Rod Cameron, executive director, Joint Meetings Industry Council, thinks vigorous advocacy on behalf of face-to-face business events is key to their long-term survival…
The problem with writing anything about the global COVID-19 pandemic at the moment is that by the time you’re finished it’s likely to already be at least partly out of date. But that doesn’t mean there are not things we can still be doing, or that we can’t continue to plan and to prepare for the eventual recovery to follow.
At the time of writing this, international travel has all but shut down (along with whole cities and regions) and the entire focus world-wide is on containing, reducing and mitigating the impacts of the outbreak. This is as it should be, and we must be as supportive of that objective as we possibly can, regardless of the economic impacts that we know will inevitably result.
Right now, it’s all about health and safety – of our staff, our clients, our suppliers and our guests. The time will come when we need to start focusing again on relocating and pursuing new business, but that comes later – it’s only after job number one has produced the necessary results that we can move on to encourage re-engagement. To do anything else is the height of irresponsibility, and would be seen that way.
But that doesn’t mean we shouldn’t be looking ahead. The crisis will pass, however long that takes, and as always, our industry will be a critical element in responding to the economic dislocations that will have taken place in the interim. That means we should now be thinking about what comes after.
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Here are some thoughts in that regard:
First, we will need more than ever before to be able to demonstrate safe environments for participants. However complete the eventual containment will be, there will still be residual concerns as people will have become sensitized in this respect as never before. That means that all of the practices and protocols put in place during the pandemic should be considered for longer-term application – imbedded in visible, ongoing policies and practices in ways that demonstrate we’ve learned from the experience and are even better prepared should something similar happen again.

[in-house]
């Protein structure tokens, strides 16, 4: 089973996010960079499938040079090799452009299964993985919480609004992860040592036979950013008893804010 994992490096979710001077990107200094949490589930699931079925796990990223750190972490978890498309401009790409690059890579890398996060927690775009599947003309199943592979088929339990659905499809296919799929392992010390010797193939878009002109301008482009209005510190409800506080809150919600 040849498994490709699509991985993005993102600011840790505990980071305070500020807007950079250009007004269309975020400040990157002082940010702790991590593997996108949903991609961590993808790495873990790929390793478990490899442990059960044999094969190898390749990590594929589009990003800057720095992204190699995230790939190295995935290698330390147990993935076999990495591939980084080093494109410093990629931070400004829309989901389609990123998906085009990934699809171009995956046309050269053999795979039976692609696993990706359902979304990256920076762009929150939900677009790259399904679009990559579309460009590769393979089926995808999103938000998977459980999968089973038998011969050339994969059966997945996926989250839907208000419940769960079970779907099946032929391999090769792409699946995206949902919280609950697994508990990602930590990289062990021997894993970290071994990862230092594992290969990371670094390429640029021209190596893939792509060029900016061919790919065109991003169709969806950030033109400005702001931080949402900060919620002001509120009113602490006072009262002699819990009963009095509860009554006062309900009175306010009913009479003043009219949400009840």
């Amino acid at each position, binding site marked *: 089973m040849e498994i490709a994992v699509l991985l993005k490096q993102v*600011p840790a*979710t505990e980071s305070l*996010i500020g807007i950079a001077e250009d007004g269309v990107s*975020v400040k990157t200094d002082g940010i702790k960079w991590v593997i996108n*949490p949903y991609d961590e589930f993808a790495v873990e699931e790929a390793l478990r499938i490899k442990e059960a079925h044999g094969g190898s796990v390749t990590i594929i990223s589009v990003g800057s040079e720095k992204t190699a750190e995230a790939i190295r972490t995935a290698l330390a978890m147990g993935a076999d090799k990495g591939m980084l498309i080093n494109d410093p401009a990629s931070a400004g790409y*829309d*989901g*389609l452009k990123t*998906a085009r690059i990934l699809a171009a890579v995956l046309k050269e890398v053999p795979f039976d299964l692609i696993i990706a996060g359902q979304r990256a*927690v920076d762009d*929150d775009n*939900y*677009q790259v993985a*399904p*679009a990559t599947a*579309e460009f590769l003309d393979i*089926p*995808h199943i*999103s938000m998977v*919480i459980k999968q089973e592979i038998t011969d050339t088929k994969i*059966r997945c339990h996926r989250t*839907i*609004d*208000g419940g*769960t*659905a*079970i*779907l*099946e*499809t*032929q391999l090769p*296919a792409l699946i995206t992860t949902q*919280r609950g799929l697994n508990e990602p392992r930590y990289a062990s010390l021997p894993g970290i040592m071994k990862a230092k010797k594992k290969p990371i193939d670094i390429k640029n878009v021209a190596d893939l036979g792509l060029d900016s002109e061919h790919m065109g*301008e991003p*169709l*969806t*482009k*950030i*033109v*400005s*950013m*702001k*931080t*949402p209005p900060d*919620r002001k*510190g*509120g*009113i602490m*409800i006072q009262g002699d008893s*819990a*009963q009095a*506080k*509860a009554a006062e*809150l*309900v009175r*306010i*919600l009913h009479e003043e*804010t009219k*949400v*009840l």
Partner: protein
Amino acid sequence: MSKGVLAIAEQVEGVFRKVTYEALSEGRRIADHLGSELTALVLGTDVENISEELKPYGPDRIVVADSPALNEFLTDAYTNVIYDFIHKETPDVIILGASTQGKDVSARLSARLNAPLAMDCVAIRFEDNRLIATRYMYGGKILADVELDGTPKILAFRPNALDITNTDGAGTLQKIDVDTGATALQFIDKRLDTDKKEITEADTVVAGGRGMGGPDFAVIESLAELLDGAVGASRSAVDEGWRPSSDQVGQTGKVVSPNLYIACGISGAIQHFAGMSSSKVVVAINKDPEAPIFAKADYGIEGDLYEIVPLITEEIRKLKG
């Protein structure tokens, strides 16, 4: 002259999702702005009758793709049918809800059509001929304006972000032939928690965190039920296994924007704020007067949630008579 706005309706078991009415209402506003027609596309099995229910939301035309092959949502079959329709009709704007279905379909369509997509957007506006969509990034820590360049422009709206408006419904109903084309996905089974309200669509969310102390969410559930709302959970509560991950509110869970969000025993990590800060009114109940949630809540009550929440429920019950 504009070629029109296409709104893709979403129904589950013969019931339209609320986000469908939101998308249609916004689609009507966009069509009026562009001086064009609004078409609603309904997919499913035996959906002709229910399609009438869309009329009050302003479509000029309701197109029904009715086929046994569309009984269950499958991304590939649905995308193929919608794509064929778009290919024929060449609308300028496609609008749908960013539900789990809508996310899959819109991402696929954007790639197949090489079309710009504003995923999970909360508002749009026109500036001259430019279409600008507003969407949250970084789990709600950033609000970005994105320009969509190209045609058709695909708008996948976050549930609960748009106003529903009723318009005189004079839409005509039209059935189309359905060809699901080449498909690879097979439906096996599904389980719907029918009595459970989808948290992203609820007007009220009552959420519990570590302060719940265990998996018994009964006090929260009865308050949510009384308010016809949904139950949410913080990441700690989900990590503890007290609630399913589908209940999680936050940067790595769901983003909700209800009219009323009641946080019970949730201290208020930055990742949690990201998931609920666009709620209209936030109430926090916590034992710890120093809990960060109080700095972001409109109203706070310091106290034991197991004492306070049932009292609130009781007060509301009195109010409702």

Secondly, we need to be fully aware of government policies and programmes, not just around pandemic management but about things like the financial support measures being put in place to help mitigate the huge impacts that can be expected in the world economy. Many of those impacts will be felt amongst our own membership – this is, after all, an industry of many independent (and hence vulnerable) companies often operating with slim margins and high overhead – and it is absolutely certain that at least some and perhaps many will be impacted. By playing a role in understanding and communicating some of the available support options we will be providing a much-needed service – but in fact, helping ourselves as well since these companies are often key elements in our product.
Third, we need to be anticipating and preparing for supporting events with their own issues. This is particularly true of the industry supply chain where – as mentioned above – many of the support services and resources we have come to take for granted will themselves be challenged. But it’s also true of event owners and organizers; with virtually all major events having been cancelled or at the least severely dislocated, many will have lost the revenues on which they depend for their survival and others will have incurred non-recoverable expenses. Add to that the uncertainties associated with how long it will take for participation to return and it is easy to imagine why they will be looking for help through the recovery process.
Finally – and getting back to our own future challenges – we need to do an even better job of emphasizing
our critical role as a vehicle for economic recovery and restoration. We all know what meetings, conventions and exhibitions mean in terms of driving business and professional advancements – but this often tends to get buried in the flurry of other actions that will be taken for the same purpose. The events we develop and host as an industry are essential to the interactions that will get the economy back on track – and should be a priority for government policy and support. But as always, that will only happen if we make that point ourselves, repeatedly and effectively, in every forum that arises as governments struggle with the challenge of putting things back together and re-creating confidence in systems that will have been badly shaken.
Working together and communicating freely is out best chance for weathering both the current crisis and the challenges to follow. Let’s ensure that is the top priority for all of us.
AMI editor James
Lancaster is a familiar face in the meetings industry and international
association community. Since joining AMI in 2010, he has gained a reputation
for asking difficult questions and getting lost in convention centres. Proofer, podcaster, and panellist - in his spare time, James likes to walk,
read, listen to music, and drink beer.